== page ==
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Key takeaways from Techweek Toronto 2016

By Chooi Law Professional Corporation | 

Key takeaways from Techweek Toronto 2016

           Summer remains a busy time here in Toronto and ‘technology’ continues to be the buzzword of activity. Techweek, which is a week-long technology festival for all those involved in the tech and innovation ecosystem, had its inaugural Toronto event a few weeks ago, from 25 – 29 July, 2016. It was a week that was packed with activities – from job fairs to pitching sessions and a one day conference event that touched on various topics such as big data, state of investment in Toronto, challenges faced by venture capitalists and aspects of the entrepreneurial journey. Basically, there was something for everyone.

           From its humble beginnings in Chicago in 2011, Techweek has now expanded to 8 cities in North America. It continues to draw budding entrepreneurs, technology visionaries and world-class CEOs to its event and is an interesting forum to learn, network and exchange ideas with like-minded individuals. From that aspect, Techweek Toronto did not disappoint and I’m sure all the participants enjoyed the experience.  

          So, what were the key takeaways from the Toronto event?  Overall, I enjoyed the conference event the most – the topics were interesting and the list of speakers was pretty impressive. Here are my top 3 favorites from the speakers.

Key lesson #1:  Entrepreneurship is a journey – you have to keep at it even when the going is tough

Being an entrepreneur, like so much of life itself, is a journey. More often than not, it’s akin to a long distance marathon where you start with a dream but need to put in the hard work and to continuously keep at it before reaching the finishing line. Depending on your objectives, the end result could be either an initial funding from investors (which would prove that others believe in your idea) or the eventual exit strategy and buy-out of the business. This was certainly the experience that was shared by Michele Romanow and Rajen Ruparell – both successful entrepreneurs and both having co-founded companies that were eventually bought over by Groupon. What struck me most about them was their entrepreneurial spirit – they both started various business ventures whilst at University – and their persistence as well as sense of optimism. Despite encountering various set-backs in the initial years, they kept their focus, worked hard at being better than their competitors and eventually reached their desired goal.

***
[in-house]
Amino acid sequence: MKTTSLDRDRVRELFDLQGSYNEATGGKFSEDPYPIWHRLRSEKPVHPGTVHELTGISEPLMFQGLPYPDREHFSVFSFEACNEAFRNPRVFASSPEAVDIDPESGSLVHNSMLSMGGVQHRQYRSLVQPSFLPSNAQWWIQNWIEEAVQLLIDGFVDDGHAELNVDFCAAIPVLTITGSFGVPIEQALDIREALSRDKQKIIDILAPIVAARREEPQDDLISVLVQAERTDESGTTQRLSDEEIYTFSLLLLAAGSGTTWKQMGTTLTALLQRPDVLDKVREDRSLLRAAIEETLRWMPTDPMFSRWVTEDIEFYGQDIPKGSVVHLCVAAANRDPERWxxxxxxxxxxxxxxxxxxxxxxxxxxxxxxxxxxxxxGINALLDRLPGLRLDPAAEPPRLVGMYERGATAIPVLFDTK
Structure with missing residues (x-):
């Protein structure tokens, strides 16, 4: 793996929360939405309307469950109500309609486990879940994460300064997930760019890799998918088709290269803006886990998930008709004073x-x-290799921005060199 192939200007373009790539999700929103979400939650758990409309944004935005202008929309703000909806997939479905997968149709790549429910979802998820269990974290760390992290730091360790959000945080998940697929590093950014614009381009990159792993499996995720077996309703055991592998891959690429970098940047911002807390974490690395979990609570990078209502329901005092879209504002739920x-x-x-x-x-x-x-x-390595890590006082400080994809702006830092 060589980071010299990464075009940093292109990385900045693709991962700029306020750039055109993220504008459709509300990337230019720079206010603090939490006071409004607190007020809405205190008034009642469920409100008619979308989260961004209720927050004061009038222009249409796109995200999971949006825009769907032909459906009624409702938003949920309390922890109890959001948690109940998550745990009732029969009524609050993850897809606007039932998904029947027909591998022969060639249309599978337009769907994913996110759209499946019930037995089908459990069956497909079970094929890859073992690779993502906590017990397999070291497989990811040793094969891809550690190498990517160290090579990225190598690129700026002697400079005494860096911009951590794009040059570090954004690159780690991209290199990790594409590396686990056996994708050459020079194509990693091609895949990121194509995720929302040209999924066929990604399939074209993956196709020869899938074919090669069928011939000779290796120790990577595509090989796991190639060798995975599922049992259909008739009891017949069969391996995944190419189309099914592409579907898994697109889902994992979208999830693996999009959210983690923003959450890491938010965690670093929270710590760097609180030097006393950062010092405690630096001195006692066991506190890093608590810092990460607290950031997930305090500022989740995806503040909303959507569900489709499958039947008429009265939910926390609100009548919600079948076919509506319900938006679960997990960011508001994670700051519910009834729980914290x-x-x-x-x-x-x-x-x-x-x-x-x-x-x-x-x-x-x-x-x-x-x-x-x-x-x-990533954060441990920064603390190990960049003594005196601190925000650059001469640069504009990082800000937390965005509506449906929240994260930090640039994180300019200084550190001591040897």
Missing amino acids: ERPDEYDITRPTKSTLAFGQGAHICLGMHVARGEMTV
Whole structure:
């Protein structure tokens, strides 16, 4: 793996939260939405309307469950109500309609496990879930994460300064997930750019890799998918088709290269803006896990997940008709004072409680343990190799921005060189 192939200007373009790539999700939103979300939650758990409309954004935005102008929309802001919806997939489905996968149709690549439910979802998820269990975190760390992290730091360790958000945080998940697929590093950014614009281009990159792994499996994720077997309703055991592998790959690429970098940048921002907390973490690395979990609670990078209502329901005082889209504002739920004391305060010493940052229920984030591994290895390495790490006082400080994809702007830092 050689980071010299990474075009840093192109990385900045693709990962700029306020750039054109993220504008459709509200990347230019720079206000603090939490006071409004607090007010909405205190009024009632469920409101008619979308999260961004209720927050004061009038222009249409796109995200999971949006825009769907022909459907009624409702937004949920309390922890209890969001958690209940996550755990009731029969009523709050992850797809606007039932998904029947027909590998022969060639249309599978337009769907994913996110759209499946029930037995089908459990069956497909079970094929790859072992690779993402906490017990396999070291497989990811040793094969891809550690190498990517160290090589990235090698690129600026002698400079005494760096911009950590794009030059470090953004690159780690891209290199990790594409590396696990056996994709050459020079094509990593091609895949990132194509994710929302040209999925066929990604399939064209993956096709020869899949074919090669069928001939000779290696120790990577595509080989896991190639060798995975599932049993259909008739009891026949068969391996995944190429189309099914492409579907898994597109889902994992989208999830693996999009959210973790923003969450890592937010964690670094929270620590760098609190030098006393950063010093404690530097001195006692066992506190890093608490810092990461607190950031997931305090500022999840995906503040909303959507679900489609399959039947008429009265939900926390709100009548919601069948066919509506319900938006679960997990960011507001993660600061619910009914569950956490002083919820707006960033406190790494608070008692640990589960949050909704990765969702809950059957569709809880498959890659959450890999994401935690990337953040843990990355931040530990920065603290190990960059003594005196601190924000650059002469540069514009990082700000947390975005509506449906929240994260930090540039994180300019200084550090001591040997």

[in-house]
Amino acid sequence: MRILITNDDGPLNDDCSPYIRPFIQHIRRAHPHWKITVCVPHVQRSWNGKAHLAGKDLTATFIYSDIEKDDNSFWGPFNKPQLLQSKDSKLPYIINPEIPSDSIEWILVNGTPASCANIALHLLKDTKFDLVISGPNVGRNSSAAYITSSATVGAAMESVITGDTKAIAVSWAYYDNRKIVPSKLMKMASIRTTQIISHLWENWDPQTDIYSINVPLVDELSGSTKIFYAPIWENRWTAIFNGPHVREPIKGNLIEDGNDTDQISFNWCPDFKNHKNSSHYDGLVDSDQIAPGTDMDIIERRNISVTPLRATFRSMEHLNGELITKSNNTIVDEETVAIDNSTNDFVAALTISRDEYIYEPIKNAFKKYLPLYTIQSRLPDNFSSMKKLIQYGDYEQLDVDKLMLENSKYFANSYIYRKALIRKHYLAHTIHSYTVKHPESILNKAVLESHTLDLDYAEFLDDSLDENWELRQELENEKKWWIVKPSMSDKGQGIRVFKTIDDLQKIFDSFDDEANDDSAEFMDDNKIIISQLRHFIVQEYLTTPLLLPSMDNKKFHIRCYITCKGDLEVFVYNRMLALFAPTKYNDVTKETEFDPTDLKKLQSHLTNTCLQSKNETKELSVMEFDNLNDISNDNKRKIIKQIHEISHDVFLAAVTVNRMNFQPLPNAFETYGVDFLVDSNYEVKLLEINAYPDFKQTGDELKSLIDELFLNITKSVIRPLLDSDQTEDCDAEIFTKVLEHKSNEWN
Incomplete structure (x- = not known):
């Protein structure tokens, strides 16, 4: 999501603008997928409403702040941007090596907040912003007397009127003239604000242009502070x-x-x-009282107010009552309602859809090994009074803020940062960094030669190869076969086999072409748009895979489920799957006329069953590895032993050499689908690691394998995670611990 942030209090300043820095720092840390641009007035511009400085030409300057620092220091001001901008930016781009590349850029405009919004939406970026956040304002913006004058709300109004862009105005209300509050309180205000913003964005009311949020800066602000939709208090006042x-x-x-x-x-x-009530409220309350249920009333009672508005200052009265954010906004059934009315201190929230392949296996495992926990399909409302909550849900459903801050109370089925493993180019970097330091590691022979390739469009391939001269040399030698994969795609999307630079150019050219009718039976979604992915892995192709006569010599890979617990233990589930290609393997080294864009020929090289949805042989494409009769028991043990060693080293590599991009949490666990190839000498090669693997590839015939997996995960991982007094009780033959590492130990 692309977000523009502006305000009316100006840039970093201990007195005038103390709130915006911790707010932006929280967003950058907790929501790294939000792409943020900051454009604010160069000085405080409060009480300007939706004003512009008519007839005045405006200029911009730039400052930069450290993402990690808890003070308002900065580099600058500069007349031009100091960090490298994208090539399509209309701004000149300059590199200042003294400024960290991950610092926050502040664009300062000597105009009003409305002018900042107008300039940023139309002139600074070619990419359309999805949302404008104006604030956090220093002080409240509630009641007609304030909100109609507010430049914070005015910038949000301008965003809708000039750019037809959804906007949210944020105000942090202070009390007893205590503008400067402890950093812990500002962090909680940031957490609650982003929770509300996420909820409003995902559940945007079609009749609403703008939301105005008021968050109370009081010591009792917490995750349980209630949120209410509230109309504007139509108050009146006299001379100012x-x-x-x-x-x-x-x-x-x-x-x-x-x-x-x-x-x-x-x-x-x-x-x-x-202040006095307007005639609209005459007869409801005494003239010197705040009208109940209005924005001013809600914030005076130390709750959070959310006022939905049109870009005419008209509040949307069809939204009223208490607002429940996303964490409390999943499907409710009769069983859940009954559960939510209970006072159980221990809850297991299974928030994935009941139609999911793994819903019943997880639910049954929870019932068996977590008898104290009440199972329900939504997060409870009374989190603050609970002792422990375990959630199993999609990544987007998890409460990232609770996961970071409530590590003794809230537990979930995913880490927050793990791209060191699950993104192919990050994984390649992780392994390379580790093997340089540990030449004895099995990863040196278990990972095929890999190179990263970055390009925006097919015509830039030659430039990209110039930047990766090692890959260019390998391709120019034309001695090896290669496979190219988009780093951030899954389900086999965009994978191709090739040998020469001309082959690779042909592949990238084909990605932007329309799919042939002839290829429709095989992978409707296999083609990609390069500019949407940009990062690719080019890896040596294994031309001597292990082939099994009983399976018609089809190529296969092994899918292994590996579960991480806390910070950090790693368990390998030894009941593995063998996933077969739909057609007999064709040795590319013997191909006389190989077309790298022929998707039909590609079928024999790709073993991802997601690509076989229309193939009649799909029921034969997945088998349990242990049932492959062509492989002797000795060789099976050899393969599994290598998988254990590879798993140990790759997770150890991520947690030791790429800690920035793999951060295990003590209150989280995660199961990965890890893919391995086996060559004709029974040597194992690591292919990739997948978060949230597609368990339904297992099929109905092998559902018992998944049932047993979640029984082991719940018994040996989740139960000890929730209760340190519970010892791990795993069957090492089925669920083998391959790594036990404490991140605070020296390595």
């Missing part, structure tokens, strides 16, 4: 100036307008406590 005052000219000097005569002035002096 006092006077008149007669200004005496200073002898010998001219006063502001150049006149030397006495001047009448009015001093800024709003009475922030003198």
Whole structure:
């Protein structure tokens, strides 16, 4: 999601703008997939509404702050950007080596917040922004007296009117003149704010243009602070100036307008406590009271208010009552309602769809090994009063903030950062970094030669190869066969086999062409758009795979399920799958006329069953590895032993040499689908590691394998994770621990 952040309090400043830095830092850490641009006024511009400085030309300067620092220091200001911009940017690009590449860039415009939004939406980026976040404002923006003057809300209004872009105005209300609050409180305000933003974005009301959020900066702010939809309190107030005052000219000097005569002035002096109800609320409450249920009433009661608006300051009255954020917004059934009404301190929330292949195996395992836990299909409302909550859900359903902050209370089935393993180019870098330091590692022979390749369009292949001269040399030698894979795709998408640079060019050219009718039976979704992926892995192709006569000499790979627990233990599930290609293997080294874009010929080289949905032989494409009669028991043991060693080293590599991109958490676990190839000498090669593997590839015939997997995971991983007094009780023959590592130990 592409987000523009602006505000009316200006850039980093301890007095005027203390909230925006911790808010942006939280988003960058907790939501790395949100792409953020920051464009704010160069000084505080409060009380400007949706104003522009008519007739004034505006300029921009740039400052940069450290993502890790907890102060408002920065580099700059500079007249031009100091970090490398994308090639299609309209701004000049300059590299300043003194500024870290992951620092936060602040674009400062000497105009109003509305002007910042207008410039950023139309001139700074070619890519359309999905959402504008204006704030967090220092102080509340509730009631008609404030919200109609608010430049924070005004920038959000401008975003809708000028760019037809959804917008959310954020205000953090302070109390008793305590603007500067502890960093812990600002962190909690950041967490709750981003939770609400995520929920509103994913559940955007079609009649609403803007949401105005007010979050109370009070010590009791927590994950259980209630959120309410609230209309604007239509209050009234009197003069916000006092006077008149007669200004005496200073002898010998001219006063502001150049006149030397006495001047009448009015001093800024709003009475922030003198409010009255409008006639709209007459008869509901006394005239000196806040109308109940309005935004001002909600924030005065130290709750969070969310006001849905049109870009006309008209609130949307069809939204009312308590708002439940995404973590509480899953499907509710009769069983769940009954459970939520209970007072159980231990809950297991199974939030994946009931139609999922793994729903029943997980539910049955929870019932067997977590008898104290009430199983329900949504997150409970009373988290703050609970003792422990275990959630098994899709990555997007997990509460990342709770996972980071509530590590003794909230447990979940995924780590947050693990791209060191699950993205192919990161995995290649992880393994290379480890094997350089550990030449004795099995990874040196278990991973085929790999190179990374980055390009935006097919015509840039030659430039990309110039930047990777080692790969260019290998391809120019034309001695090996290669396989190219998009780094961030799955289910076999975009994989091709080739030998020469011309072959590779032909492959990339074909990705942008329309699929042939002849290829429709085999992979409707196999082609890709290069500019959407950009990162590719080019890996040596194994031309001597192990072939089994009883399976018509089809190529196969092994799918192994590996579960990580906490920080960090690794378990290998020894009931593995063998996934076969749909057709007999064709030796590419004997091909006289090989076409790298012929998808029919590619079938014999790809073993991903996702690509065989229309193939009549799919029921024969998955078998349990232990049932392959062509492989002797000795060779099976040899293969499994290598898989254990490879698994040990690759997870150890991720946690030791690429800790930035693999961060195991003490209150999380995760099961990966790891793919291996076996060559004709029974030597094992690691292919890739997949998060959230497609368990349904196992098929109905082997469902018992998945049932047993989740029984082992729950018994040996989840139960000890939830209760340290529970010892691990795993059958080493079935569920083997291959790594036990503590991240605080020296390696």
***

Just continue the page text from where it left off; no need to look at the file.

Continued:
Key lesson #2:  Traits of a successful entrepreneur

You never quite stop learning – and it’s important to have a ‘learning attitude’.  Yoav Schwartz (CEO and Co-founder, UberFlip) spoke about how one is always learning different things at different stages of a company’s growth and the role of CEO changes with time.  In the initial years, a CEO would be expected to be good at managing projects but in later years, the focus may change to being good at managing people instead.  Allen Lau (CEO and Co-founder, Wattpad) shared with the audience that one of the key things he had to learn was ‘how to delegate’ – this was so that he could then free up his time to focus on other aspects of the business which really needed his attention. 

Whilst one can certainly learn from various experts such as professional advisors, it’s important to realize that at the end of the day, no one knows the business better than the entrepreneurs themselves. Thus, any advice given must be used in the context of what’s best for the business and it is the entrepreneur who has the ultimate responsibility to make that judgment call. This is especially critical in terms of funding for the new business. For example, whilst many start-ups are keen to obtain external funding as early on as possible, some entrepreneurs such as Markus Latzel (CEO and Co-founder, Palomino System Innovations Inc.) has relied mostly on bootstrapping as that was what his company needed and it also provided him with the flexibility to manage the business without being tied down to what investors may require.      

Key lesson #3:  Toronto remains a great place to start a company

Many of us already know this but it’s always good to hear the experts say so as well!  Sunil Sharma (Managing Partner, Extreme Venture Partners) spoke about the various attributes which Toronto (and Ontario as a whole) offers to budding entrepreneurs. It has a world-class innovation ecosystem comprising of top notch research universities, IT infrastructure, innovation hubs and labs as well as local talent.  Also, we have seen the political will to make innovation one of the pillars of economic growth both from a federal and provincial perspective. More encouraging is the fact that the Canadian Venture Capital and Private Equity Association reported in May 2016 that venture capital investment in the first quarter of this year was $838 million, which was nearly double the amount recorded during the same quarter in 2015. A total of 118 venture deals were made in that quarter, with the majority of investments (i.e. about $486 million) being made in Ontario.

Suffice to say that the innovation economy in Ontario continues to be an exciting space to be in right now and many of us are looking forward to seeing what new ideas our talented entrepreneurs have in store for us.